Cambridge creates new Professorship in education and mental health


16-03-2020
Professor Gordon Harold

The University of Cambridge is creating a new Professorship in education and mental health, to further strengthen a growing research programme aimed at improving the wellbeing, and associated life chances, of children and young adults.

The University of Cambridge is creating a new Professorship in education and mental health, to further strengthen a growing research programme aimed at improving the wellbeing, and associated life chances, of children and young adults.

The post was announced last week (Wednesday 11 March), by the University’s Vice-Chancellor, Professor Stephen Toope, as he opened the Yidan Prize Conference: Europe, a major, international gathering of leading education researchers. The university, he said, had a ‘critical’ role to play in addressing the challenges of mental health.

The Yidan Prize Conference Series is linked to the Yidan Prize, the largest international prize in education, which is made annually to two outstanding individuals responsible for transformational changes in education research and development. The European conference is hosted by the Intellectual Forum at Jesus College, Cambridge.

One of the Yidan Laureates honoured this year was Usha Goswami, Professor of Cognitive Developmental Neuroscience at the University, and a Fellow of St John’s College. She received the award for her work deepening understanding of children’s early language acquisition, which has created a basis for new, effective interventions for dyslexia.

The conference more broadly aims to profile world-leading research that demonstrates how education can address major global challenges, and this year focused on wellbeing and education as one of its main themes: examining how schools, teachers and the education system in general can support children with mental health problems.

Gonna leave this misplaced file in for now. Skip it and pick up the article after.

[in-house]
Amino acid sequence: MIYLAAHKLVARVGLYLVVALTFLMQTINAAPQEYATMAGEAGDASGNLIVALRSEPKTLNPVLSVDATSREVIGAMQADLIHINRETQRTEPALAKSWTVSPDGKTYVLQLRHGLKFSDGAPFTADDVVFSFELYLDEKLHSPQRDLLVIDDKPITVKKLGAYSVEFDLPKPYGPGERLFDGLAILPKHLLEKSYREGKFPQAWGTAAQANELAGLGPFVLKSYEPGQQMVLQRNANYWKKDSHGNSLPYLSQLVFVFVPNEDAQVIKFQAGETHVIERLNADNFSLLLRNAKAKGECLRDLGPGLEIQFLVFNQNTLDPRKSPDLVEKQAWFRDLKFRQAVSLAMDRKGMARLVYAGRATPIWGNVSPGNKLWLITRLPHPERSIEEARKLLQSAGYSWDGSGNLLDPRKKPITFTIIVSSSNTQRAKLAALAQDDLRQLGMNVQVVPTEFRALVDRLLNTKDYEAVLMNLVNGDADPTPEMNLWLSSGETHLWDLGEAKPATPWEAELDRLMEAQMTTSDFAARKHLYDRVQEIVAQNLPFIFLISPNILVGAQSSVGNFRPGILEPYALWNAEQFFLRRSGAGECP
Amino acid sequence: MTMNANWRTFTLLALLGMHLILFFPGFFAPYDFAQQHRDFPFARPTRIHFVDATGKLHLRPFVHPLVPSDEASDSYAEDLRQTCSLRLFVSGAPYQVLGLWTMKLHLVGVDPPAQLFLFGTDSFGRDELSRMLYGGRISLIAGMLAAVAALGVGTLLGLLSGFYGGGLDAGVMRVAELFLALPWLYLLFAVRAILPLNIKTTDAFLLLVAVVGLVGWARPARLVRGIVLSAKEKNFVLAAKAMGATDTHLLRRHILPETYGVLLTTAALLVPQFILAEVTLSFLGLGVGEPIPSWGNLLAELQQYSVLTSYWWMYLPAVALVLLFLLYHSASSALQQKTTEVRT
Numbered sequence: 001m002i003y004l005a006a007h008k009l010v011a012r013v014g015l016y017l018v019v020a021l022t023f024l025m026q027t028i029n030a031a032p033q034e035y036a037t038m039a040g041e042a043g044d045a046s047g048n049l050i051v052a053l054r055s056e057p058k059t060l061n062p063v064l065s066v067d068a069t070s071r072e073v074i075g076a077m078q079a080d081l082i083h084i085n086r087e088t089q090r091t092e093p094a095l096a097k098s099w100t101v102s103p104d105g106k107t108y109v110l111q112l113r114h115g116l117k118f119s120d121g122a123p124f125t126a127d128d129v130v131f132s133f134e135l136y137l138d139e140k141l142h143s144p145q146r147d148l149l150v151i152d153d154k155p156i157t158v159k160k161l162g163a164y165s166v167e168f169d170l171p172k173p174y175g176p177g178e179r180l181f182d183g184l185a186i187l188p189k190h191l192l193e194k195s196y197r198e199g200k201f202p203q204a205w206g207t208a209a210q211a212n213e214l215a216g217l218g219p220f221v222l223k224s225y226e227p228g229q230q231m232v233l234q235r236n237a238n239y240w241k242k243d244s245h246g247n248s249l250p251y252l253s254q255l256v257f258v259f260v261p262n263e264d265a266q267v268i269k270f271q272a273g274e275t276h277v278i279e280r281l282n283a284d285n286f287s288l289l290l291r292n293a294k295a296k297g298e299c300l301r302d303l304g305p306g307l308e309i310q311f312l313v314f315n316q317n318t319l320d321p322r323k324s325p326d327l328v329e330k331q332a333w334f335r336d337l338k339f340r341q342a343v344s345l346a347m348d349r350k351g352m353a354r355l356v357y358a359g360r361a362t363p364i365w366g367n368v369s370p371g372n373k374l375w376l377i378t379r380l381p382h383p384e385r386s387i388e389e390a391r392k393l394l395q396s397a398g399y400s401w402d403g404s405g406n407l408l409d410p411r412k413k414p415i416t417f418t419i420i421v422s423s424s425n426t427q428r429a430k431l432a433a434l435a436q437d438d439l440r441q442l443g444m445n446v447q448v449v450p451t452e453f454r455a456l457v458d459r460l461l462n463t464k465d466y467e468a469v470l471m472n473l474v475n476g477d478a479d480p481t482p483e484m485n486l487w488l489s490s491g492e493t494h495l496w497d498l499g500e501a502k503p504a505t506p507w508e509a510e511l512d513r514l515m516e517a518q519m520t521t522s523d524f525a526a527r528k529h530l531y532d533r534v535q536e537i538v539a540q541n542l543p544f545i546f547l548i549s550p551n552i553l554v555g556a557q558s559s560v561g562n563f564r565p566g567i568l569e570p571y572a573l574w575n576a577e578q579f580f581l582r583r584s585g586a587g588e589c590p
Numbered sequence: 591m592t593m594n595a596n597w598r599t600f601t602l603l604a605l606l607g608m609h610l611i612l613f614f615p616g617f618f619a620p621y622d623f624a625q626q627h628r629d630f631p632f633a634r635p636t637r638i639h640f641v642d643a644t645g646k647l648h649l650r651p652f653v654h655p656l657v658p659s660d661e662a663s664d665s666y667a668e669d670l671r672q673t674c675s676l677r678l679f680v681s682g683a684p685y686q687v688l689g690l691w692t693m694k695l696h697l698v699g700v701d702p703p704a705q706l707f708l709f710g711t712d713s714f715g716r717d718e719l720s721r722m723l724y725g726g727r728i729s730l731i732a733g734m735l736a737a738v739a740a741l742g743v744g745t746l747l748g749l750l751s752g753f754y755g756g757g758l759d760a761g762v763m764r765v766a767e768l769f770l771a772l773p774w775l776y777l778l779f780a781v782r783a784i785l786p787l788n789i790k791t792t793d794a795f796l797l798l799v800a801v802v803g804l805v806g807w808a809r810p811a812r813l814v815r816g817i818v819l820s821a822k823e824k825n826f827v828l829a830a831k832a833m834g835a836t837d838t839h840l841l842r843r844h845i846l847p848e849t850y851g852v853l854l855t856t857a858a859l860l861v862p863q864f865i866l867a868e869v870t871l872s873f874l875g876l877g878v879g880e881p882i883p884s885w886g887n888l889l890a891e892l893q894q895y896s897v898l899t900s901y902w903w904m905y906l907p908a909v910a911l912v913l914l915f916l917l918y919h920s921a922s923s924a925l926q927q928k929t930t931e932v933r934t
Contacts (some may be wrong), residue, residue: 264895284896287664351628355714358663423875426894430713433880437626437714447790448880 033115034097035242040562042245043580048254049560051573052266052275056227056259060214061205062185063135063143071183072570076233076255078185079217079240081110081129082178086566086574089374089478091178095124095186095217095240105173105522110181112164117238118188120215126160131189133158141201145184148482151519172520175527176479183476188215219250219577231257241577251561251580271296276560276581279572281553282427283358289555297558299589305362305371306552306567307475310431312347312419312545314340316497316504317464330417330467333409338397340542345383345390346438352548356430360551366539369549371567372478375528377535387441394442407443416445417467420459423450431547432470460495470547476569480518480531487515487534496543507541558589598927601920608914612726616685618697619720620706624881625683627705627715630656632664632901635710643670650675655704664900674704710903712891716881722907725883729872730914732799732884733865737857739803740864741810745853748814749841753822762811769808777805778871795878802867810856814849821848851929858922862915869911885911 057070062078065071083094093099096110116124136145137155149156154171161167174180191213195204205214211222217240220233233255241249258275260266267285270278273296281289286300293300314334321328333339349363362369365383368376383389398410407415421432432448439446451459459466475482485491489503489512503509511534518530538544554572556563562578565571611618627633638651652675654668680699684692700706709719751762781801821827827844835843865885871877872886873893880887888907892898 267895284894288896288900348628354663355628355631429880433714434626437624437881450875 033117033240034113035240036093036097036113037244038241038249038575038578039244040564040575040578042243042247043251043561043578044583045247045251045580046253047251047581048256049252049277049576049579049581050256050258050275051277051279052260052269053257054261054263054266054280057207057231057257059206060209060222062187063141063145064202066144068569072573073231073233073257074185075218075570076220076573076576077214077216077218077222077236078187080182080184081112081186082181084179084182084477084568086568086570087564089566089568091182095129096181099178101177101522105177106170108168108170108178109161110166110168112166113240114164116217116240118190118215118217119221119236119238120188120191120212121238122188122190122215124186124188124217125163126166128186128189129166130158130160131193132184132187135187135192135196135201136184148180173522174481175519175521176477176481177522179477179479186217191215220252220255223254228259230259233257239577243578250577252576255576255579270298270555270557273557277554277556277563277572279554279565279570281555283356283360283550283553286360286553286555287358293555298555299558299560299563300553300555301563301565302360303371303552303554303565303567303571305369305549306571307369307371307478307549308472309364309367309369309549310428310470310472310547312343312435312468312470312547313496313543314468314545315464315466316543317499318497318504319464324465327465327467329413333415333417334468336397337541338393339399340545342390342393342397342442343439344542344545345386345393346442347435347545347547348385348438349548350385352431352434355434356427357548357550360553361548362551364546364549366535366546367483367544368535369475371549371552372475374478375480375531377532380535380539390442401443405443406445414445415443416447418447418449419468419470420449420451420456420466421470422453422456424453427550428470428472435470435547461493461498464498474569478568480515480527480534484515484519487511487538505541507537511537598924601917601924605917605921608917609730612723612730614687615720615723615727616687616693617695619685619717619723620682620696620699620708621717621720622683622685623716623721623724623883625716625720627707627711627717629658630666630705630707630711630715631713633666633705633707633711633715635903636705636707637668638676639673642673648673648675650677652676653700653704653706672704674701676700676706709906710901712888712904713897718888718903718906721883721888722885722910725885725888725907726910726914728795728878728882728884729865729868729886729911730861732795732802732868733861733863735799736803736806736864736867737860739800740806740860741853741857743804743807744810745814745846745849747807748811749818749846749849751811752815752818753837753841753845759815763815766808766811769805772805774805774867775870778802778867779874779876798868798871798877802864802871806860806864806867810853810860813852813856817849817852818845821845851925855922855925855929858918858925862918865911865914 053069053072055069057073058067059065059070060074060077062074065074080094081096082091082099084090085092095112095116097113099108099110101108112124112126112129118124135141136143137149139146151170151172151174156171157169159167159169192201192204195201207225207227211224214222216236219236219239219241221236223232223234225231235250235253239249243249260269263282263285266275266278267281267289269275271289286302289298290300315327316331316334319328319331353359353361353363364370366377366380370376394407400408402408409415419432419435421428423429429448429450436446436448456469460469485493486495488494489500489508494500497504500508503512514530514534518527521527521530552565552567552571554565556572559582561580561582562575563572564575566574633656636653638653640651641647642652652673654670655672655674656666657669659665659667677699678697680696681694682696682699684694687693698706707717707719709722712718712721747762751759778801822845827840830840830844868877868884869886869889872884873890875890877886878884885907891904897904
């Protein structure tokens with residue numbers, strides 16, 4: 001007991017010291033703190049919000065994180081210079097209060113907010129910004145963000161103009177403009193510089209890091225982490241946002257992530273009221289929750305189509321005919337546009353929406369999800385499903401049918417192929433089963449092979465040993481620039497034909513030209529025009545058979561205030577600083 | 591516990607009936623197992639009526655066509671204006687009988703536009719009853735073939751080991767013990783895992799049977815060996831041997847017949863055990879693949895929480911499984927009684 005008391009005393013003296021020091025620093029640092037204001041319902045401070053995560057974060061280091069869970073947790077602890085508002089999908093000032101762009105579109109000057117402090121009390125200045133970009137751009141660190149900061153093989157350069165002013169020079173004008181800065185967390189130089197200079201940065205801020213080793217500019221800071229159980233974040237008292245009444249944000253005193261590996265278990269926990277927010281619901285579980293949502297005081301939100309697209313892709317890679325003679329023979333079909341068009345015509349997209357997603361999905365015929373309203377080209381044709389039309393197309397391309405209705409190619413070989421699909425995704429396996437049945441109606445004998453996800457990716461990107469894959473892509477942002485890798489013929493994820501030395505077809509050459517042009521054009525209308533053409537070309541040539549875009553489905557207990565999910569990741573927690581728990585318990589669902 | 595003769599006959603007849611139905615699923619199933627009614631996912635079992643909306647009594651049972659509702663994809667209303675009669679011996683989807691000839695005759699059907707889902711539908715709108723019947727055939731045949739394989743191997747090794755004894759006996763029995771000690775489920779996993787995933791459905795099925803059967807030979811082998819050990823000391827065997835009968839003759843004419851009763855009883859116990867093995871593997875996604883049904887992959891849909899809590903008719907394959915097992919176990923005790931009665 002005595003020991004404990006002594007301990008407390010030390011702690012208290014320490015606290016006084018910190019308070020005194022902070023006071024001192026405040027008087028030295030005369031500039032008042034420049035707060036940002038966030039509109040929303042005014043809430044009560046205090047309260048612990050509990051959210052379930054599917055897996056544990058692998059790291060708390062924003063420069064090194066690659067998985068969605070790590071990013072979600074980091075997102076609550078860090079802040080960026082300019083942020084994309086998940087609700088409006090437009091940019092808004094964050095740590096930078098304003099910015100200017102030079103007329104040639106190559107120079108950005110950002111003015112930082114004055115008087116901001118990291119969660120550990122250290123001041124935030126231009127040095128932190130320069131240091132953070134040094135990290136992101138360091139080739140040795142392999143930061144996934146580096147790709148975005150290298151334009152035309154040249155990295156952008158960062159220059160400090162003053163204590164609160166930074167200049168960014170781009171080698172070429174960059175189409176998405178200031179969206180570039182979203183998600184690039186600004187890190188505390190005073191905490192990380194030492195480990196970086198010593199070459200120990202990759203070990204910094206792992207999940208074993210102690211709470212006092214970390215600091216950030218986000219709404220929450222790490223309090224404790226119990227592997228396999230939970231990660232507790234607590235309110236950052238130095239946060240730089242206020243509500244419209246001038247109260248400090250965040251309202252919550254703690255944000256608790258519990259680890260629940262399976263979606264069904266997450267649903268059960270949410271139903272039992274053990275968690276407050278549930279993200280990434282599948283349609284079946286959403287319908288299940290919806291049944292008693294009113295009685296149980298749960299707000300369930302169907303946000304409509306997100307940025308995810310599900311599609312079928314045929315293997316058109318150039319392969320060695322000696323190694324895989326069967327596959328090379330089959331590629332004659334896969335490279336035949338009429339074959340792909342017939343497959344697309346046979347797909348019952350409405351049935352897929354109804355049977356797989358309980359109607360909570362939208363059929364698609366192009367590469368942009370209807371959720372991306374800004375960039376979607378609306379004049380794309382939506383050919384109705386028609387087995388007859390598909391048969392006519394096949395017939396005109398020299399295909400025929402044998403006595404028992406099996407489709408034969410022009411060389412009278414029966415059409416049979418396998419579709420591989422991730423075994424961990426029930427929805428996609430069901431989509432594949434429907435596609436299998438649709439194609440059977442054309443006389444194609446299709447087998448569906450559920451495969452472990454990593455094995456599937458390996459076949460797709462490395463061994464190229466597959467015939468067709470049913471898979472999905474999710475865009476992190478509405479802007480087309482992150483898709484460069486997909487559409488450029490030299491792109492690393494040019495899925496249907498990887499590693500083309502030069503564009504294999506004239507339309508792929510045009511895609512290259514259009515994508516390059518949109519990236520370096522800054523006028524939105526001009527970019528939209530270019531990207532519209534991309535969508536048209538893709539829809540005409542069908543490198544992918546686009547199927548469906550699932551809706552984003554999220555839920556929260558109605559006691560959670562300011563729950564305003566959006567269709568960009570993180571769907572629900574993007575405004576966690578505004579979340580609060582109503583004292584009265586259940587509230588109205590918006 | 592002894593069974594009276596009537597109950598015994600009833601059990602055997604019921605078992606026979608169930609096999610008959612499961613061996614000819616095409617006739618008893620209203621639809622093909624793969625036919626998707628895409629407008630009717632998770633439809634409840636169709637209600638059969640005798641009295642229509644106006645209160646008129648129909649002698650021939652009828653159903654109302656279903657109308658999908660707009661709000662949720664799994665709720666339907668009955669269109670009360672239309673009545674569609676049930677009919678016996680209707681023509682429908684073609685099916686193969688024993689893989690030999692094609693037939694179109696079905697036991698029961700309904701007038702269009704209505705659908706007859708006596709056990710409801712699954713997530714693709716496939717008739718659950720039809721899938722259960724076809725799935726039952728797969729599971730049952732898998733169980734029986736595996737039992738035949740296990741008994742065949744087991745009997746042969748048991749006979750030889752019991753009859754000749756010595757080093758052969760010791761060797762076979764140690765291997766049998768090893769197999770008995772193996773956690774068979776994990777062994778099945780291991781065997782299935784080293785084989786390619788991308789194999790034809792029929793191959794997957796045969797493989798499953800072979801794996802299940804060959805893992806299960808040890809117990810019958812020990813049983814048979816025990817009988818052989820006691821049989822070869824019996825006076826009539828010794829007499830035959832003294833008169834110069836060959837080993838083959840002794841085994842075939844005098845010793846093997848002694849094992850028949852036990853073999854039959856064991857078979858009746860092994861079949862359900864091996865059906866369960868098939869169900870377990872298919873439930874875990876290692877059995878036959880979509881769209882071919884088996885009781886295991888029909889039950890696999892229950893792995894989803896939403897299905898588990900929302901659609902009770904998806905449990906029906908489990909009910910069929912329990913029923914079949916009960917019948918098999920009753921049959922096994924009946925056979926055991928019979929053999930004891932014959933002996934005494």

Opening the event, Professor Toope announced that the University will be creating a new role – Professor of the Psychology of Education and Mental Health – which will be based in its Faculty of Education. The first post-holder will be Professor Gordon Harold (pictured), currently at the University of Sussex, who has led several, field-changing studies into the relationship between domestic adversity and young people’s mental health, enabling schools and teachers to do more to support pupils with depression, anxiety and other mental health problems

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Reproduced courtesy of the University of Cambridge

 

The University of Cambridge is acknowledged as one of the world's leading higher education and research institutions. The University was instrumental in the formation of the Cambridge Network and its Vice- Chancellor, Professor Stephen Toope, is also the President of the Cambridge Network.

University of Cambridge (cam.ac.uk)